Opportunity has always brought new communities to Chicago, from the growth of railroads and stockyards in the 19th century to the recent emergence of technology startups; the city has consistently welcomed people from different corners of the world. In embracing all of the cultural, social, and economic capital that immigrants bring with them, Chicago has benefited enormously, becoming a cosmopolitan city that can boast of pho shops and Mexican folk art spaces alongside its grand architecture. Immigrants always have been critical to our city, and a new Plan of Chicago must continue to attract them.
Nearly one in every seven Illinois residents is an immigrant, and more than 90 percent of those immigrants live in metropolitan Chicago. While Chicago's overall population declined from 2000 to 2010, the immigrant community grew, with Asians in particular growing at a rapid clip of nearly 20 percent. Whether it's opening small businesses, revitalizing neighborhoods or introducing new cuisines, the constant flow of immigrants to our city infuses new energy and hope with every generation. Whether Chicago becomes, as Mayor Rahm Emanuel says, "the most immigrant-friendly city in America" is not a matter of choice but of necessity; we are engaged in a global race with other cities for foreign investment and international standing.
But what does it look like and mean to support immigrants so they can lead Chicago to a more industrious and productive era? Language access and culturally relevant services paired with electoral reform are vital to unlocking the potential of the dynamic immigrant population.
Although immigrant communities have experienced great successes, 35 percent of Chicagoans speak a language other than English at home, according to the U.S. Census Bureau. These numbers suggest a significant population with parents relying on children to fill out forms and interface with city agencies, or lacking awareness of the full breadth of available city services. Cities such as San Francisco and Washington, D.C., have implemented either language access policies or, even better, ordinances which set a floor of bilingual assistance available for frontline city services. By improving upon this approach, Chicago increases the potential of immigrants to contribute in a variety of different ways by decreasing their barriers to basic services. Increasing language access does not have to be solely a government-run effort. Partnering with local community-based organizations, pillars in their respective communities, could play an important role in meeting this challenge.
If improved language access is combined with culturally relevant services, then the impact could be enormous and far-reaching.
This means public schools that offer up curriculum and linguistic diversity, that speak to the varied student base and better prepare youth to meet the challenges of living and interacting in a global economy. Bilingual students who dream about college, but who are falling behind in the classroom and helping their parents run their business after school, would get the teachers, resources and programming that help them succeed.
This means police and a legal infrastructure that can effectively engage with the language and cultural diversity of the city, so that immigrants will seek out the protections they can provide. From domestic violence cases to hate crimes and discrimination, the legal system plays an important role in immigrants' lives and needs to be transparent and accessible to everyone.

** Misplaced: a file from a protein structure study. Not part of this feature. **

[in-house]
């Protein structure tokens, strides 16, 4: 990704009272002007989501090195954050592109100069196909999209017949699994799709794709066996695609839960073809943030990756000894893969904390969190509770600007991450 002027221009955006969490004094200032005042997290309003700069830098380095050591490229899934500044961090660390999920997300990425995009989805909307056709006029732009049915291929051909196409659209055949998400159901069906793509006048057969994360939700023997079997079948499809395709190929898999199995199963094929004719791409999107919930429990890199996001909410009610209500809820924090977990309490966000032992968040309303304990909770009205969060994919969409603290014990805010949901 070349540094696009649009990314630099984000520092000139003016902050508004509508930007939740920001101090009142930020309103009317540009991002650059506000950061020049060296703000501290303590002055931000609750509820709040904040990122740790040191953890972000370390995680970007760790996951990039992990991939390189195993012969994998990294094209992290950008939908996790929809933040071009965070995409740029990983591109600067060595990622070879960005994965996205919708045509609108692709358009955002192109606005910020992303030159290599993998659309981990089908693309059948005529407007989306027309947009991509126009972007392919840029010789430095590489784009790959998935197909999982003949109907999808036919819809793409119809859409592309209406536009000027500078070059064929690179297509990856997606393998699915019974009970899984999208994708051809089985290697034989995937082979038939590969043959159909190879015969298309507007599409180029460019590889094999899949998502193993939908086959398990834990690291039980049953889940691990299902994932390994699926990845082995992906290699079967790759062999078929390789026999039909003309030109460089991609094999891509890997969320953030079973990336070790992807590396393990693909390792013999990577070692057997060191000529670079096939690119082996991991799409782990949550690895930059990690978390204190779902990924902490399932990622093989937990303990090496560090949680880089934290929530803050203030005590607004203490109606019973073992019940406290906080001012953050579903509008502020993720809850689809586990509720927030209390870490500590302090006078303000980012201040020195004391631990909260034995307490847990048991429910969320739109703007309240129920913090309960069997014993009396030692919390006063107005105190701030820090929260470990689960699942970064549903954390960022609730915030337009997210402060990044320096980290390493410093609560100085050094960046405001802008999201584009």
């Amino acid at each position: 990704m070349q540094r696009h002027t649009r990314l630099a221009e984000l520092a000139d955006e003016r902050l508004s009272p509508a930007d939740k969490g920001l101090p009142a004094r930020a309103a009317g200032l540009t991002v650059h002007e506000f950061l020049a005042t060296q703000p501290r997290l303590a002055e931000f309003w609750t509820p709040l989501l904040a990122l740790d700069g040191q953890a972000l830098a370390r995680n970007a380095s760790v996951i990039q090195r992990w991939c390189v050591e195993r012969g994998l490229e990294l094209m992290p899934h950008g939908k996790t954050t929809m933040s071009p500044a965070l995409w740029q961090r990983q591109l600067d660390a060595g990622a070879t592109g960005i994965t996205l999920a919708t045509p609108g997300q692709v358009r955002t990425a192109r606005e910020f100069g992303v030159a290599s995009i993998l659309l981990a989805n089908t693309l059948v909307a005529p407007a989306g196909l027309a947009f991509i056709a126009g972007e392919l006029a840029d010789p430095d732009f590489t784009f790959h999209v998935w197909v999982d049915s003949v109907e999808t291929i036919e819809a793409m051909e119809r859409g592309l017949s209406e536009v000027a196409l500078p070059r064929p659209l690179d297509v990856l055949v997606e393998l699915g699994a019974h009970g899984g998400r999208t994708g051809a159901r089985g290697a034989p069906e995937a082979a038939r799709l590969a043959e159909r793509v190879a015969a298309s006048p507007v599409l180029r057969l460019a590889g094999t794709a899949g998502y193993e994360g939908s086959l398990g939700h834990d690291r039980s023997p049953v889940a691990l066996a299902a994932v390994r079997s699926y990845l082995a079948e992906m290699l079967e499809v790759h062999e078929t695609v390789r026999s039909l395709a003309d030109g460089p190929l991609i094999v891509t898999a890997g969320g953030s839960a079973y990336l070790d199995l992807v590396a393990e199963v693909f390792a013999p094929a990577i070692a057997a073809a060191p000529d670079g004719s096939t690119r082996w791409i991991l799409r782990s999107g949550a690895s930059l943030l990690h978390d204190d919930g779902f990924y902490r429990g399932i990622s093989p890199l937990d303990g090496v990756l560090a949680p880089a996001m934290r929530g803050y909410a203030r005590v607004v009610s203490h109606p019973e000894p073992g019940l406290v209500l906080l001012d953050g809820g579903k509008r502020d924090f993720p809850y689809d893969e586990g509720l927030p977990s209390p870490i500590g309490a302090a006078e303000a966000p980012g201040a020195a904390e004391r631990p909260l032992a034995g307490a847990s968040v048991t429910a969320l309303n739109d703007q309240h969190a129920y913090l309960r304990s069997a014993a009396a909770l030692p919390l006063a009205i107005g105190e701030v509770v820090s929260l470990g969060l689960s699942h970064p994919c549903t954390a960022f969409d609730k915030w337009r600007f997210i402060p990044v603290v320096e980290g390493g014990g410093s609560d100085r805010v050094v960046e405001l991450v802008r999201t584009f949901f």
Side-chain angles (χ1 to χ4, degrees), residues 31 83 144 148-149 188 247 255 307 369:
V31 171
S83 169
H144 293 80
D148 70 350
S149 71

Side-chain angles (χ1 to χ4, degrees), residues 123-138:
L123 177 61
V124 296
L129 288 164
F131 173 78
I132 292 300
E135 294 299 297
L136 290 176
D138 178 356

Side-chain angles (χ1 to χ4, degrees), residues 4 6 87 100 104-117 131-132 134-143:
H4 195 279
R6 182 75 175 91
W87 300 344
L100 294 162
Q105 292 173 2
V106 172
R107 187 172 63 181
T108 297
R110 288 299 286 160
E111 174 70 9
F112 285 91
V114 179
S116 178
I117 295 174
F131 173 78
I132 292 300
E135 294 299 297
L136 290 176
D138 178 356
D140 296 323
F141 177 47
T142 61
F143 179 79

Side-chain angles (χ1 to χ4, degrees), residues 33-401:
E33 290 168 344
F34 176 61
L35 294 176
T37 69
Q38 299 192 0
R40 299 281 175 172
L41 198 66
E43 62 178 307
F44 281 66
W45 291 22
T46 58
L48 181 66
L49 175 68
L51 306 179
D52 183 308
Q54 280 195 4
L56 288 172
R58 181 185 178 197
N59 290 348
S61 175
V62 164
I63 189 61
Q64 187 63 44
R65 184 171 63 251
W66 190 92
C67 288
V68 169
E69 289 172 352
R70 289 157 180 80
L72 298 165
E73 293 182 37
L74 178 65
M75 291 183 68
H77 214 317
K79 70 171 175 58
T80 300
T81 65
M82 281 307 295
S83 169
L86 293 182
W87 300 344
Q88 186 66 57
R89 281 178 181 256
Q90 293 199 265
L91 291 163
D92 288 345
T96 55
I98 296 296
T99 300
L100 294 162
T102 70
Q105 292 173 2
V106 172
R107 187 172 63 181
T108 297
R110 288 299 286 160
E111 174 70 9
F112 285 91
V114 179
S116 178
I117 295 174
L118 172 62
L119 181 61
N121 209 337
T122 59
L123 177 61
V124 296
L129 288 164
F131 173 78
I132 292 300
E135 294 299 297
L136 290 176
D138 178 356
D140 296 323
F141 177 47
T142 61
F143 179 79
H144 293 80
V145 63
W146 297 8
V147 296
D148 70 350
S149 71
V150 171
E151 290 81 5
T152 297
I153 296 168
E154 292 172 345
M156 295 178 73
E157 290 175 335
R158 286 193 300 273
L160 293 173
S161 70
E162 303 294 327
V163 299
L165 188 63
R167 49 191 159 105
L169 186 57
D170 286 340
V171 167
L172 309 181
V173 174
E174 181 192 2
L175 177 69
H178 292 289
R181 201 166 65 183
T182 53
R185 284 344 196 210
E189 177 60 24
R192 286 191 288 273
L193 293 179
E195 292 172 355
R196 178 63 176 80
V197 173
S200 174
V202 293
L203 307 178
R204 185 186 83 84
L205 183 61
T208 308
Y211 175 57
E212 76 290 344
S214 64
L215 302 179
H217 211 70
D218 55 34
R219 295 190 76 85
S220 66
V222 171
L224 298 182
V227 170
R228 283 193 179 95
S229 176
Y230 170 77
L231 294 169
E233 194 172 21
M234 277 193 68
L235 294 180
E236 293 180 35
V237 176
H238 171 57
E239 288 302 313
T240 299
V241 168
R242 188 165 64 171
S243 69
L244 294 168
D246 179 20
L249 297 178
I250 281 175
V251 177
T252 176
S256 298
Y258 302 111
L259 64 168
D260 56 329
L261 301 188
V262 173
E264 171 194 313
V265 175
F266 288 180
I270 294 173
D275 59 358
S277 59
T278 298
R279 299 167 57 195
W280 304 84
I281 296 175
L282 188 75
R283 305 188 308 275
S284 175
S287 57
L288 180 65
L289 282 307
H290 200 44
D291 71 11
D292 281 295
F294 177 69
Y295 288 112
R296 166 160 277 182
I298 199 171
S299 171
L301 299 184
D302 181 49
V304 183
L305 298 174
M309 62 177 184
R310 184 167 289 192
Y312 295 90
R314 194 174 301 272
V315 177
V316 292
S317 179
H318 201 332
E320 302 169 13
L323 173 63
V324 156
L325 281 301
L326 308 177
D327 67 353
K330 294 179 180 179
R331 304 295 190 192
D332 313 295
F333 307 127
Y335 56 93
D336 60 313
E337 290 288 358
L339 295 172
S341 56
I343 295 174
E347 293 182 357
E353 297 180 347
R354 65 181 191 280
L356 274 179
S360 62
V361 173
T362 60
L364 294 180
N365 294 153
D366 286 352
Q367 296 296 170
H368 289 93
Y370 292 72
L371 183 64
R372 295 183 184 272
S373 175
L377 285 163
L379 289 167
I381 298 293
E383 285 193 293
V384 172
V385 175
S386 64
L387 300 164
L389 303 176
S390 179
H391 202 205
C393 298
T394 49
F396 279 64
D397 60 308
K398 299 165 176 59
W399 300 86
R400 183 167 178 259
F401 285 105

Language access provides a crucial cornerstone to the immigrant experience in Chicago, but there are countless ways to make Chicago more immigrant-friendly. However, these ideas can and must come from the community, which means serious efforts must be made to bring their political voices into the system.
Our city's election officials should be empowered and funded to implement new ways to increase voter turnout, such as election day registration and more resources for language assistance to limited-English voters. It also means finally reforming Chicago's redistricting process, which often has stifled many local neighborhoods' ability to be heard at City Hall. Last year, the then-100-year-old Chinatown community was denied its wish to be placed in one ward, and the Back of the Yards community's voice was completely ignored. Giving every citizen a voice in our democracy means a stronger, more viable city, one that overcomes its politics-as-usual image and instead strives to be inclusive of more voices.
In his op-ed in the Sun-Times earlier this summer, Mayor Emanuel wrote that "the City of Big Shoulders was built on the shoulders of immigrants, and our future depends on the contributions of immigrants no less than (it) did (in) our past." We believe an immigrant-friendly city brings opportunity to more people and has a ripple effect of accumulating labor, resources, and energy, which could be harnessed for improvements throughout the city. To truly unlock the potential of Chicago's immigrant communities and lead Chicago to another era of greatness, meaningful and significant action is required. If all Chicagoans can unite around this path, then the future will indeed be bright for this city we all love.
Tuyet Le is executive director of Asian Americans Advancing Justice — Chicago.Copyright © 2014, The Baltimore Sun